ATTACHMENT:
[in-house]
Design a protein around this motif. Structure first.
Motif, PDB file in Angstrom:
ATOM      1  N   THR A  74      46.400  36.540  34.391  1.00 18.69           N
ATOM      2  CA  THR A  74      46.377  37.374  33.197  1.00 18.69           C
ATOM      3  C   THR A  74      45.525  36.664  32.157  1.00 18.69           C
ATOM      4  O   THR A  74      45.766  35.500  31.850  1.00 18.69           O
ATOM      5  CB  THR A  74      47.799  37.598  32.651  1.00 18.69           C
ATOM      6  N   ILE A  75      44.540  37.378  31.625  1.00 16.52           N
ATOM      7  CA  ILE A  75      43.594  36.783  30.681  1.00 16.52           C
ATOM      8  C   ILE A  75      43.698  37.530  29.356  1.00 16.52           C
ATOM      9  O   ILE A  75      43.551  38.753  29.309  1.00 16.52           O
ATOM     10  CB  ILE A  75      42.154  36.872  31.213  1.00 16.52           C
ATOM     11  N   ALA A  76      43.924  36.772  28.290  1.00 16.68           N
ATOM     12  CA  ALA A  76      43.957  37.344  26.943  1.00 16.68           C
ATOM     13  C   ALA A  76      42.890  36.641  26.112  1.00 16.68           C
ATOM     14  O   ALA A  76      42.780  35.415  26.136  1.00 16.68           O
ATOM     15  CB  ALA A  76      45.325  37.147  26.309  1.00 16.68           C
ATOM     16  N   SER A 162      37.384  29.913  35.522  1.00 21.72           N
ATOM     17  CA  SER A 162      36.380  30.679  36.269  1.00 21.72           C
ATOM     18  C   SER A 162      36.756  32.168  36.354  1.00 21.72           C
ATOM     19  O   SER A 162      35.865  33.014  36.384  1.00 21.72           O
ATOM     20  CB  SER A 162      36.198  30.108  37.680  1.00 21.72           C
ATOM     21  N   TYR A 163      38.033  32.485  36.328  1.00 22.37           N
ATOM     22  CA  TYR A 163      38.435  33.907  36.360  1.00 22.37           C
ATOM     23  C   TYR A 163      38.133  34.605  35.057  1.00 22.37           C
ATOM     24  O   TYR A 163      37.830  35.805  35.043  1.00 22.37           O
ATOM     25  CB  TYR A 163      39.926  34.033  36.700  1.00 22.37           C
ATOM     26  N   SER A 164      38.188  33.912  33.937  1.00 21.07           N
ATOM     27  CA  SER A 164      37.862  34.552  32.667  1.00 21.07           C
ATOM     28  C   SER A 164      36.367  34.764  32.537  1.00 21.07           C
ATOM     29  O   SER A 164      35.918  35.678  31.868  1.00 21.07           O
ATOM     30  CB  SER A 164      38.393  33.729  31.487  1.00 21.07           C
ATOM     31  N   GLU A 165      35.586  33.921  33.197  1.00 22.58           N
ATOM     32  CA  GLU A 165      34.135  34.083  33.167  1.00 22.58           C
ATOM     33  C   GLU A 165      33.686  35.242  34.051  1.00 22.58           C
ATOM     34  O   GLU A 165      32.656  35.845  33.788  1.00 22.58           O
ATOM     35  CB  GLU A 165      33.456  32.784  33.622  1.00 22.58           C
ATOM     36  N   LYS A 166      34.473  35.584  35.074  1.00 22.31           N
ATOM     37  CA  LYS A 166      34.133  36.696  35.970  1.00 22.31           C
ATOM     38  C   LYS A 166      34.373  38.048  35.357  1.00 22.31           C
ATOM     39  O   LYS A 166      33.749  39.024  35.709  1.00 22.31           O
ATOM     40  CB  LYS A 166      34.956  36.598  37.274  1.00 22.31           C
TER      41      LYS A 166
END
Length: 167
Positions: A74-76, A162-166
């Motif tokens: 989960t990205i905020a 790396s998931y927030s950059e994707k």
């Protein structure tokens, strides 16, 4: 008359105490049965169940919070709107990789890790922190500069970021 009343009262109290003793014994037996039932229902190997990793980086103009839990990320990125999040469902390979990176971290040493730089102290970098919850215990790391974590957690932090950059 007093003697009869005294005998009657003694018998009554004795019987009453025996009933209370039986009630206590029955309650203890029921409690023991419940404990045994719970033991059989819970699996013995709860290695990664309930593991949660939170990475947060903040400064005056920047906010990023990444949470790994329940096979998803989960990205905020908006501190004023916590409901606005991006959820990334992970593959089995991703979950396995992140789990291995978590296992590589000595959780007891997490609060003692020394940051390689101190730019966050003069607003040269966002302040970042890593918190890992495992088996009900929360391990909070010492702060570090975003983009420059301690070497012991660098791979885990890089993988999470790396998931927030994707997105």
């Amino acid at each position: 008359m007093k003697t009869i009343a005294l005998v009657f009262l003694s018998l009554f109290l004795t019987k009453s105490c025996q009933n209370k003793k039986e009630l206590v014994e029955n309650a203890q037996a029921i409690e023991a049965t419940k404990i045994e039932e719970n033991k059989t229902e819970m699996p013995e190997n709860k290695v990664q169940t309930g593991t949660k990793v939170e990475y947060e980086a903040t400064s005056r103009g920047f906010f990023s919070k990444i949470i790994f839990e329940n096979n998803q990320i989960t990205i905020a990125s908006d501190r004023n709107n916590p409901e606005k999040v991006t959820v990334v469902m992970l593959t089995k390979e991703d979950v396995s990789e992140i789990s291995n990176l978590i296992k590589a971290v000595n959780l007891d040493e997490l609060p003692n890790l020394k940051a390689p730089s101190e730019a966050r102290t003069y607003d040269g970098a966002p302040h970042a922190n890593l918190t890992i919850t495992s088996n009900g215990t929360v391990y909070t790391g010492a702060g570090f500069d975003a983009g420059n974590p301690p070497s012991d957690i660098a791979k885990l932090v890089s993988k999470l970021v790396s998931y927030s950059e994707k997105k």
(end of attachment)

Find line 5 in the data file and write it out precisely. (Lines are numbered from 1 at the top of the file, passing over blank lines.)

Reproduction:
ATOM      2  CA  THR A  74      46.377  37.374  33.197  1.00 18.69           C